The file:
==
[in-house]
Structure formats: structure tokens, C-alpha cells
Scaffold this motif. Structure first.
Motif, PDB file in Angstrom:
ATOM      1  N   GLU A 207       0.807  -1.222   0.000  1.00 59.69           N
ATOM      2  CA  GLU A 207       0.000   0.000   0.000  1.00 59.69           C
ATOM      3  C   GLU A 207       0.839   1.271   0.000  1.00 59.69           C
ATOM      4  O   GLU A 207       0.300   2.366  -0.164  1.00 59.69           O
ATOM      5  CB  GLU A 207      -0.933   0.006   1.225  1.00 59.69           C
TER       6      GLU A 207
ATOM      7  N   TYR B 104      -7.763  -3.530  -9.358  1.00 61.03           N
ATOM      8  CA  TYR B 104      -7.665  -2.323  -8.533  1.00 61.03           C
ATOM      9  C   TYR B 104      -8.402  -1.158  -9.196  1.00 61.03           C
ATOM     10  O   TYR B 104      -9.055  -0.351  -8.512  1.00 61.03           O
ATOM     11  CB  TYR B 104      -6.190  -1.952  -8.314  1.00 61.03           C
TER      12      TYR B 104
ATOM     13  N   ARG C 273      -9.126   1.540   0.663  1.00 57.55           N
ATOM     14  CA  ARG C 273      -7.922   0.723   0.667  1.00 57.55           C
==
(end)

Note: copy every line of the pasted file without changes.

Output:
[in-house]
Structure formats: structure tokens, C-alpha cells
Scaffold this motif. Structure first.
Motif, PDB file in Angstrom:
ATOM      1  N   GLU A 207       0.807  -1.222   0.000  1.00 59.69           N
ATOM      2  CA  GLU A 207       0.000   0.000   0.000  1.00 59.69           C
ATOM      3  C   GLU A 207       0.839   1.271   0.000  1.00 59.69           C
ATOM      4  O   GLU A 207       0.300   2.366  -0.164  1.00 59.69           O
ATOM      5  CB  GLU A 207      -0.933   0.006   1.225  1.00 59.69           C
TER       6      GLU A 207
ATOM      7  N   TYR B 104      -7.763  -3.530  -9.358  1.00 61.03           N
ATOM      8  CA  TYR B 104      -7.665  -2.323  -8.533  1.00 61.03           C
ATOM      9  C   TYR B 104      -8.402  -1.158  -9.196  1.00 61.03           C
ATOM     10  O   TYR B 104      -9.055  -0.351  -8.512  1.00 61.03           O
ATOM     11  CB  TYR B 104      -6.190  -1.952  -8.314  1.00 61.03           C
TER      12      TYR B 104
ATOM     13  N   ARG C 273      -9.126   1.540   0.663  1.00 57.55           N
ATOM     14  CA  ARG C 273      -7.922   0.723   0.667  1.00 57.55           C